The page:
Senator's shift on same-sex marriage part of a GOP trend

Father of a gay man now sees the issue from different angle

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WASHINGTON — A Republican senator's embrace of gay marriage is the latest sign of soul-searching in a party struggling to adapt in a society whose demographics — and views on emotional issues — are changing fast.

Gay marriage still divides the party, with the conservative wing strongly opposed. But an increasing number of Republicans, now including Sen. Rob Portman of Ohio, are reversing course. Many others simply downplay the subject.

These trends raise the possibility that the GOP — reeling after losing the popular vote in five of the last six presidential elections — will identify less with hot-button social issues and sharpen its emphasis on tax and spending matters.

Portman announced Friday that he now supports gay marriage, linking his stand to learning that one of his sons is gay.

A former U.S. trade representative and White House budget chief, Portman is seen as one of the party's most knowledgeable and effective leaders. Mitt Romney considered him to be his running mate last year. Portman says he told Romney of his son Will's sexuality but does not believe it affected Romney's decision.

As a U.S. House member in 1996, Portman supported the Defense of Marriage Act, or DOMA. It defines marriage as between a man and a woman and bars federal recognition of same-sex marriage.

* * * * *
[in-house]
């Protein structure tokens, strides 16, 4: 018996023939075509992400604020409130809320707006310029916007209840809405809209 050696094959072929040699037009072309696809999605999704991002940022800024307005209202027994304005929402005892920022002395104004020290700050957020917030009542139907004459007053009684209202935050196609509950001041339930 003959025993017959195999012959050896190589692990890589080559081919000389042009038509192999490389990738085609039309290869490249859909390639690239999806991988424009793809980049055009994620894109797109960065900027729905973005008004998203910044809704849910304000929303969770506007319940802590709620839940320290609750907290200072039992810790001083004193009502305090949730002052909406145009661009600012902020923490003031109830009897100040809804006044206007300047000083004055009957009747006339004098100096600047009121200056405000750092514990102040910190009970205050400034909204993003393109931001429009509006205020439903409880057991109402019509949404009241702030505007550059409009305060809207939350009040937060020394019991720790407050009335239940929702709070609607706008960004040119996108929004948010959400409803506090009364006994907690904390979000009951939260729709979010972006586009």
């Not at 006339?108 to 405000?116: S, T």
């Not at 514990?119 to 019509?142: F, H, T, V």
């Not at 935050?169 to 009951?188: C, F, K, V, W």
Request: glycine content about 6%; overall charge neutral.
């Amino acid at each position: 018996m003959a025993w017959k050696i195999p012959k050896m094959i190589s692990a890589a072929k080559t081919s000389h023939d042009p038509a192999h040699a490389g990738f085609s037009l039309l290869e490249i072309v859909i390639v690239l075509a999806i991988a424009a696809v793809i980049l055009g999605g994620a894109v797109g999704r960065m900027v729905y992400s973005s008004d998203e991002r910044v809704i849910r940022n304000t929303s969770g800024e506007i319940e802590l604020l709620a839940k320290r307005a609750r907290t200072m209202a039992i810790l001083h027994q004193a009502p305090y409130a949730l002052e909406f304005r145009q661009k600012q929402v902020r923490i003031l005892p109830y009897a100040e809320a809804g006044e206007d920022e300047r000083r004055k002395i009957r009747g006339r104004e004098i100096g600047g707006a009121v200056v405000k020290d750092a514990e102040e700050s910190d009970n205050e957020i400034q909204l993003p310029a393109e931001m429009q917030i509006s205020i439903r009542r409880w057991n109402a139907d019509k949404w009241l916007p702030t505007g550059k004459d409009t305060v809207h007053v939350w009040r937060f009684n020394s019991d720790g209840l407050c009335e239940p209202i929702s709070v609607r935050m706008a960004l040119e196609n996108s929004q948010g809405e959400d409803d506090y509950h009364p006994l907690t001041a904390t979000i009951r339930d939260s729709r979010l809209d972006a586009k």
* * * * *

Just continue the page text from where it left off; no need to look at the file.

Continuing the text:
Portman's reversal makes him the only Senate Republican to openly back gay marriage.

"I have come to believe that if two people are prepared to make a lifetime commitment to love and care for each other in good times and in bad, the government shouldn't deny them the opportunity to get married," Portman wrote in an op-ed article in The Columbus Dispatch.

He said he had talked to his pastor and others, including Senate Minority Leader Mitch McConnell, R-Ky., who opposes gay marriage, and to former Vice President Dick Cheney, who supports it.

Cheney, whose younger daughter is lesbian, became arguably the best-known Republican to publicly embrace gay marriage in June 2009.

Portman said his previous views on marriage were rooted in his Methodist faith. However, he wrote, "Ultimately, for me, it came down to the Bible's overarching themes of love and compassion and my belief that we are all children of God."

Despite his party's struggles with Americans' increasing acceptance of gay rights, many GOP leaders met Portman's news with silence or a shrug.

A spokesman for House Speaker John Boehner, R-Ohio, said the senator "is a great friend and ally, and the speaker respects his position, but the speaker continues to believe that marriage is between a man and a woman."

The leader of a conservative group that promoted passage of a 2004 amendment in Ohio to ban gay marriage said he has heard from several people upset by Portman's stance.

"They feel betrayed," said Phil Burress, president of Citizens for Community Values. "They're not mad. They're sad and betrayed."

Ohio Republican Party Chairman Bob Bennett agreed that some Republicans are unhappy, but he said he received more phone calls Friday about the governor's budget. He said Portman has "taken a great deal of time to think it through and I certainly respect his right to make up his own mind."

Richard Socarides, who was President Bill Clinton's top adviser on gay issues, said Portman's son Will "proved once again that the most powerful political act any gay person can take is coming out." He said polls show that "people who know a gay person are far less likely to support discrimination."